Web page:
"Esconced in the broken-down bean bag as she was, with the smoke from the bong she held embraced in her lap like a baby enclosing her in its own warm embrace of indifference, the pixielated images on the television seemed to move of their own volition, and she roused her eyelids with difficulty--"
Mentally groaning, she put the book down. Five pages in, she thought, and I'm still hearing about the drinking and weed addictions. Two sentences would have sufficed, maybe even one: "Hi, my name is idiot and I'm an alcoholic AND a dope fiend." Why did publishers think people read detective novels? To read endless pages about being drunk or high and unable to get up out of the beanbag chair? Noooo, for a crime. The only thing criminal so far was the writing. Like a stoner even thinks in words like "pixillated" (hell, even the editor couldn't spell it right) or "volition" or "roused." The author was probably a goddamn English major, using all her fancy words just to show her extensive vocabulary. She rolled her eyes at her thoughts and picked the book back up. "You're cranky," she told herself. She'd give it five more pages: ten pages were enough to know whether a book was about criminal activity or if it would drive you to it.
Thumbing to the right spot again, she heard the coffee percolator in the Kirby's apartment start. No one nowadays knows what a percolator is, but she remembered her grandfather using one. She'd wake up on the couch during summer vacations, smelling the coffee and hearing the bubbly-sounding "perk....perk..." but actually, it sounded more like "pur.......pur.......pur.....pur...puuurrrrrcc..." as the water was forced up around and through the grounds to seep back down again. Evaporated milk and honey in coffee still caused olfactory flashbacks for her. The Kirby's had probably bought theirs new.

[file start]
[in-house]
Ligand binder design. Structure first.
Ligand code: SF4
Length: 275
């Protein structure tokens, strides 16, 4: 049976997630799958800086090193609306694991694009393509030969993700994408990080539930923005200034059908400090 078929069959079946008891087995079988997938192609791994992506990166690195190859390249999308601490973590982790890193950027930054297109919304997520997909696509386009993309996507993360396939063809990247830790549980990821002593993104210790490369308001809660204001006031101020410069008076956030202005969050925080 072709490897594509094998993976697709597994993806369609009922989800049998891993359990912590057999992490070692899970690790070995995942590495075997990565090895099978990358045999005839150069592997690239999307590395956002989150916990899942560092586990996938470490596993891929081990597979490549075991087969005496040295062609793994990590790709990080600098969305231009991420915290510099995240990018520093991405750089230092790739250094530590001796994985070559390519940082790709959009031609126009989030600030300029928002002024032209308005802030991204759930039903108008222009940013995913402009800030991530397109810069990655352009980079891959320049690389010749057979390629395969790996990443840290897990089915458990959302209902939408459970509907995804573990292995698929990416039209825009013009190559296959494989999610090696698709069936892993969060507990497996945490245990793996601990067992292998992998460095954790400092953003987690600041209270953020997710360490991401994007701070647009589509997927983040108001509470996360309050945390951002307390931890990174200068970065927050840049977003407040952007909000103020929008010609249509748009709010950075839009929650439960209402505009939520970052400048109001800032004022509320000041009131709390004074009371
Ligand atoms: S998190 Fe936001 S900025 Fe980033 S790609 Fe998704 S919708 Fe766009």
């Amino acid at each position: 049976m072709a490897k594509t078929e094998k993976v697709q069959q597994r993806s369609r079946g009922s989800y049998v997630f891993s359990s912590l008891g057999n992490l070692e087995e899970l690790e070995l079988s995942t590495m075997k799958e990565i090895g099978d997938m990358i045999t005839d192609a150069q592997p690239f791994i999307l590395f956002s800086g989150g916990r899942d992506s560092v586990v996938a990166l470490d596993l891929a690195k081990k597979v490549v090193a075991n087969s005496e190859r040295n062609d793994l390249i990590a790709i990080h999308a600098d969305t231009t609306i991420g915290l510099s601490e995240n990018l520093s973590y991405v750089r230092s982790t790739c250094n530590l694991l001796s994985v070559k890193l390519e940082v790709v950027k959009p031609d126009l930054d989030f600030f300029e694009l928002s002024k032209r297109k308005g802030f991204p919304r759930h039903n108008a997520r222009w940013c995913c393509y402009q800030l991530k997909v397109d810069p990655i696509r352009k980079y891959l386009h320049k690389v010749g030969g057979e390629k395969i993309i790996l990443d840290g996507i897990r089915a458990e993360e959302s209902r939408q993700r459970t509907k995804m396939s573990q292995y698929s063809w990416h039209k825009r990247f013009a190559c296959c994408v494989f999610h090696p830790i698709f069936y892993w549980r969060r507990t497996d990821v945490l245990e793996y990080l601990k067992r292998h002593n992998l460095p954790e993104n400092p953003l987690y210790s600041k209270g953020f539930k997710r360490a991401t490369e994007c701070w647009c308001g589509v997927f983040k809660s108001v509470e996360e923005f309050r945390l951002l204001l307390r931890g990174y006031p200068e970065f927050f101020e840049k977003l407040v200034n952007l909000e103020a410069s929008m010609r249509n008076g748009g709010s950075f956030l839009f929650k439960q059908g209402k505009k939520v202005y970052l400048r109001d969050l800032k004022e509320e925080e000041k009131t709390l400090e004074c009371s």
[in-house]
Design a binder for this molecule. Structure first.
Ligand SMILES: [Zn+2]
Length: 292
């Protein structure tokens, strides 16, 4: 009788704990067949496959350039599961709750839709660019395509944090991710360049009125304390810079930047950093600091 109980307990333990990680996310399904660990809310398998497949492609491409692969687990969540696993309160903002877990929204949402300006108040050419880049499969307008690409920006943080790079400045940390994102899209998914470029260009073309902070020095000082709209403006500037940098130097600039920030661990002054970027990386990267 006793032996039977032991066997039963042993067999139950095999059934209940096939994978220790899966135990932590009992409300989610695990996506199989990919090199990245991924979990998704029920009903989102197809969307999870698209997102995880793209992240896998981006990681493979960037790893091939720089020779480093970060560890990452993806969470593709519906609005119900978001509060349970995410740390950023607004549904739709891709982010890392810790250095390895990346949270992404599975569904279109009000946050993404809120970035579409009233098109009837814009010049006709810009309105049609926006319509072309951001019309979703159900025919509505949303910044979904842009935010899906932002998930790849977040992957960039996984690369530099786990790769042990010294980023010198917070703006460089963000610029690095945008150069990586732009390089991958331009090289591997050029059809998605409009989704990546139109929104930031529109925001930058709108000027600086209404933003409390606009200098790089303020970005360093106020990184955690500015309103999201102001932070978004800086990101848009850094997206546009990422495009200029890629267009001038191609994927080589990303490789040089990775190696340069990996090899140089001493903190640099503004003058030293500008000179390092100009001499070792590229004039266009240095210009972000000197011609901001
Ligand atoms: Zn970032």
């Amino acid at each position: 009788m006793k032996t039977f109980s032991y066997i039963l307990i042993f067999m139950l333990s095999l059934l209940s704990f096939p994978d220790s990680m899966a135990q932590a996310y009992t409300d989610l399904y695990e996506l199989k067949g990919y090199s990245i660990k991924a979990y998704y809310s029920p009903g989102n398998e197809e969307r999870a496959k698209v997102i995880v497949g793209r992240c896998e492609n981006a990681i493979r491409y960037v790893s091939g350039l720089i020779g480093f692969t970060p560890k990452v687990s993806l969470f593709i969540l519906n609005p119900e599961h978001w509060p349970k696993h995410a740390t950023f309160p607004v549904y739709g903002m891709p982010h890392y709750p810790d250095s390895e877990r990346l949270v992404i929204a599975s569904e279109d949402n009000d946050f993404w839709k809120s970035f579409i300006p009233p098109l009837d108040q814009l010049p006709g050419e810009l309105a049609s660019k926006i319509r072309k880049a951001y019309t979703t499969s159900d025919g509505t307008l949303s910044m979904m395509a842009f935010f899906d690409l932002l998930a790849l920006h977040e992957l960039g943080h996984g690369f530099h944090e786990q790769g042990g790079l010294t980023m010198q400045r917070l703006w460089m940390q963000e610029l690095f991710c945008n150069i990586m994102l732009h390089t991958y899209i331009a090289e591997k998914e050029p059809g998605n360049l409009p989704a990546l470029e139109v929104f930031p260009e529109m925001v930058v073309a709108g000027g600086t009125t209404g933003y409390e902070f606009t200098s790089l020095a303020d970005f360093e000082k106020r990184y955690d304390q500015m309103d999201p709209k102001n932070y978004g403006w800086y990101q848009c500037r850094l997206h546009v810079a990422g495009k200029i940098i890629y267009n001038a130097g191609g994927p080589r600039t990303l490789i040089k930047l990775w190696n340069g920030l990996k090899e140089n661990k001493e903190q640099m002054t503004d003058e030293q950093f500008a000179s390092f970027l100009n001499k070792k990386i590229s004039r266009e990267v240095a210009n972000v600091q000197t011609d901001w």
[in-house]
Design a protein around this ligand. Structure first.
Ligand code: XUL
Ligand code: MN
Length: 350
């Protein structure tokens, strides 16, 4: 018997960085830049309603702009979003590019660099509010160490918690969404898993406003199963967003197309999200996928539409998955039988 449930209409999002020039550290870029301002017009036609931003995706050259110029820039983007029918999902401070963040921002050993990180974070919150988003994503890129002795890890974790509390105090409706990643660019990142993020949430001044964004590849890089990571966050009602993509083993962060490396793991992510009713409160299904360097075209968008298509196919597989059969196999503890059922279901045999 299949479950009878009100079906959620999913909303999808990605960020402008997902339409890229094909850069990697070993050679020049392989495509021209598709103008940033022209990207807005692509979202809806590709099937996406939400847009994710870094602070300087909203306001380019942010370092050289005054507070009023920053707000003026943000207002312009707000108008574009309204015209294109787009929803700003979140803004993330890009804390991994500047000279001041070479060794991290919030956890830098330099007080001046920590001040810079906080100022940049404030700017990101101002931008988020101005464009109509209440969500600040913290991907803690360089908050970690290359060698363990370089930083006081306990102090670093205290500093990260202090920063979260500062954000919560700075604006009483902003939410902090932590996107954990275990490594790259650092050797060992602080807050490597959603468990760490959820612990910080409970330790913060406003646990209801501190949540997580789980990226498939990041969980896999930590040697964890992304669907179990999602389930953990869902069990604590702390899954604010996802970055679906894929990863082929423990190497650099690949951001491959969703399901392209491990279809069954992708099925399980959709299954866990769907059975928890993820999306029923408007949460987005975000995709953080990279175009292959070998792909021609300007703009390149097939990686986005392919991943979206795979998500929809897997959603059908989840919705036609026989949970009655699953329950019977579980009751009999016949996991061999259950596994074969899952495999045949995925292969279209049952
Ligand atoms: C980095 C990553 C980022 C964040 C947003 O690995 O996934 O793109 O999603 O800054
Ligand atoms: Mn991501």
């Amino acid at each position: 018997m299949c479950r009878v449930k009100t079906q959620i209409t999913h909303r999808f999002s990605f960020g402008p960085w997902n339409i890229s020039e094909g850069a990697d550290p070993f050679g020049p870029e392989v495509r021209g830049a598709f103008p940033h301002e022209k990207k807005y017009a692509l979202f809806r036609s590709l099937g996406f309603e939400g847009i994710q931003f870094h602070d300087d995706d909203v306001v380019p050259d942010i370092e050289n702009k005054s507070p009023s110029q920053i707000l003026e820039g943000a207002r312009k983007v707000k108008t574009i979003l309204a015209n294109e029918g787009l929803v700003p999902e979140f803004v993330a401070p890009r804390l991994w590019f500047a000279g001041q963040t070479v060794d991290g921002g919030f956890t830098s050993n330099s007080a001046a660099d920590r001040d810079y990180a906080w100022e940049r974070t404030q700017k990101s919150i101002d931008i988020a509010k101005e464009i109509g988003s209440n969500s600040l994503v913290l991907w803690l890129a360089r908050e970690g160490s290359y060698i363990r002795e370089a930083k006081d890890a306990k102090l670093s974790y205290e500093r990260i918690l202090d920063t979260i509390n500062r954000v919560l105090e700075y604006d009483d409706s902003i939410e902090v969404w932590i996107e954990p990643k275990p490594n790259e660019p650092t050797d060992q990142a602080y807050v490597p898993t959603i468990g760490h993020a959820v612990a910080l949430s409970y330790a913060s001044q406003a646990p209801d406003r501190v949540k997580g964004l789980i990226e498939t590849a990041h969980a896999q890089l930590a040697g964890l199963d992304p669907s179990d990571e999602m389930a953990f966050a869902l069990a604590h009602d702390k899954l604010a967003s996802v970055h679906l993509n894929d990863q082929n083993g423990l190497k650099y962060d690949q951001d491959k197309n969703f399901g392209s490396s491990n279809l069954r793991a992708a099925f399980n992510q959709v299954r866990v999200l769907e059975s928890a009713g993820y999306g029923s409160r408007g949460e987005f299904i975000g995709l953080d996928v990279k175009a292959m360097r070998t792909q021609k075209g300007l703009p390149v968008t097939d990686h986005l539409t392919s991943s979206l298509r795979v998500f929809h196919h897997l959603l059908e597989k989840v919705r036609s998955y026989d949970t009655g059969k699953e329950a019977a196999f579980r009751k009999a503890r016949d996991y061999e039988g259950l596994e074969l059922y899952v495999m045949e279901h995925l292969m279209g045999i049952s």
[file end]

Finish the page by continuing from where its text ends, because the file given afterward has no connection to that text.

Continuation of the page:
Well, if the Kirby's were up, so was she. One of the disadvantages to old apartments was thin walls. And odd as it was, she was even more of a morning lark than the Kirby's. Being a rather clumsy lark, she tried to stay considerately in bed reading for the hour until they woke up at 5 a.m. With something very much like relief, she closed the book and put it aside. Maybe she wouldn't give it five more pages after all.
She wondered as she showered how bad the day was going to be today. Understaffed, underfunded, and overworked, every employee in the department was suffering from bad morale and the resultant bad
attitudes, herself included. Watching her new boss try to cope with it all, she was less resentful every day that management had decided that despite their "desire for honest feedback and constructive suggestions," she was
not what they were looking for as a "team leader." Besides, "team leader" sounded like head migrant of the day team...not a loss to her resume.
She gave herself a mental shake: knock it off or you'll create your very own bad day. She didn't know it, but it was going to be a very bad day regardless of her attitude. She should have known it when the hot water ran out much quicker than normal and left her scrambling to turn off the water and shivering in her towel.